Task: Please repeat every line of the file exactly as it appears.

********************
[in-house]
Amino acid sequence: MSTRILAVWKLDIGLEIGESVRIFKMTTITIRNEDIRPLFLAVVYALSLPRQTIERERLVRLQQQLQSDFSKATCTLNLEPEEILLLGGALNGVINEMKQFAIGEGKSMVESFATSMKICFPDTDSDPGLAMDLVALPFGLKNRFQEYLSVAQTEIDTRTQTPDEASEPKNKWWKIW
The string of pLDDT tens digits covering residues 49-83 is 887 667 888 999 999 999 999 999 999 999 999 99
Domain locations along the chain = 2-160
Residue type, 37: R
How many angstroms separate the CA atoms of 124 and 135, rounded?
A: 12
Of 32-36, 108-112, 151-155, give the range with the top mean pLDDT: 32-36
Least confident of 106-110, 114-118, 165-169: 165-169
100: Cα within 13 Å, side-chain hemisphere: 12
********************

[in-house]
Amino acid sequence: MSTRILAVWKLDIGLEIGESVRIFKMTTITIRNEDIRPLFLAVVYALSLPRQTIERERLVRLQQQLQSDFSKATCTLNLEPEEILLLGGALNGVINEMKQFAIGEGKSMVESFATSMKICFPDTDSDPGLAMDLVALPFGLKNRFQEYLSVAQTEIDTRTQTPDEASEPKNKWWKIW
The string of pLDDT tens digits covering residues 49-83 is 887 667 888 999 999 999 999 999 999 999 999 99
Domain locations along the chain = 2-160
Residue type, 37: R
How many angstroms separate the CA atoms of 124 and 135, rounded?
A: 12
Of 32-36, 108-112, 151-155, give the range with the top mean pLDDT: 32-36
Least confident of 106-110, 114-118, 165-169: 165-169
100: Cα within 13 Å, side-chain hemisphere: 12